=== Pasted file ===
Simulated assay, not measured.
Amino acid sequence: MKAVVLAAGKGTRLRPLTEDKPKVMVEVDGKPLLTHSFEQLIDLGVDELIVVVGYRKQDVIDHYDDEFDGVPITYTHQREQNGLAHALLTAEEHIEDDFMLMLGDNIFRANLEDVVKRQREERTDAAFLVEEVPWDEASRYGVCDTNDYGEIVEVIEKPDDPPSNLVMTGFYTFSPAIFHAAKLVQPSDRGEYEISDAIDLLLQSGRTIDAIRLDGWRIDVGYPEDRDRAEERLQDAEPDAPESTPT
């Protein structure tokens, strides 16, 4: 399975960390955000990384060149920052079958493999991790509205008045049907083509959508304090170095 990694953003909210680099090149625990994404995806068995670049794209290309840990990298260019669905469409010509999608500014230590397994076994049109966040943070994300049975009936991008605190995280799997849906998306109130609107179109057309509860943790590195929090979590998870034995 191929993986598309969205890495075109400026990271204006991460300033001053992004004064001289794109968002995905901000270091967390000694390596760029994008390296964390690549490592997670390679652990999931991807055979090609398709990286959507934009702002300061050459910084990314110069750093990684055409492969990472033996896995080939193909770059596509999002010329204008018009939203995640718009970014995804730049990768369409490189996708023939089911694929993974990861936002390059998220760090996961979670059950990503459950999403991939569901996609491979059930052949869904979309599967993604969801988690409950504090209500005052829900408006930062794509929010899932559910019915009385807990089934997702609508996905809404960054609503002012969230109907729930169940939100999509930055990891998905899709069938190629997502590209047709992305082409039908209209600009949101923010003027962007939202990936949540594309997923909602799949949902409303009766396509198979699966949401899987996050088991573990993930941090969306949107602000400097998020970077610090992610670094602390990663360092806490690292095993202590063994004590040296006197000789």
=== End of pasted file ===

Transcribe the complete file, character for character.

Simulated assay, not measured.
Amino acid sequence: MKAVVLAAGKGTRLRPLTEDKPKVMVEVDGKPLLTHSFEQLIDLGVDELIVVVGYRKQDVIDHYDDEFDGVPITYTHQREQNGLAHALLTAEEHIEDDFMLMLGDNIFRANLEDVVKRQREERTDAAFLVEEVPWDEASRYGVCDTNDYGEIVEVIEKPDDPPSNLVMTGFYTFSPAIFHAAKLVQPSDRGEYEISDAIDLLLQSGRTIDAIRLDGWRIDVGYPEDRDRAEERLQDAEPDAPESTPT
């Protein structure tokens, strides 16, 4: 399975960390955000990384060149920052079958493999991790509205008045049907083509959508304090170095 990694953003909210680099090149625990994404995806068995670049794209290309840990990298260019669905469409010509999608500014230590397994076994049109966040943070994300049975009936991008605190995280799997849906998306109130609107179109057309509860943790590195929090979590998870034995 191929993986598309969205890495075109400026990271204006991460300033001053992004004064001289794109968002995905901000270091967390000694390596760029994008390296964390690549490592997670390679652990999931991807055979090609398709990286959507934009702002300061050459910084990314110069750093990684055409492969990472033996896995080939193909770059596509999002010329204008018009939203995640718009970014995804730049990768369409490189996708023939089911694929993974990861936002390059998220760090996961979670059950990503459950999403991939569901996609491979059930052949869904979309599967993604969801988690409950504090209500005052829900408006930062794509929010899932559910019915009385807990089934997702609508996905809404960054609503002012969230109907729930169940939100999509930055990891998905899709069938190629997502590209047709992305082409039908209209600009949101923010003027962007939202990936949540594309997923909602799949949902409303009766396509198979699966949401899987996050088991573990993930941090969306949107602000400097998020970077610090992610670094602390990663360092806490690292095993202590063994004590040296006197000789």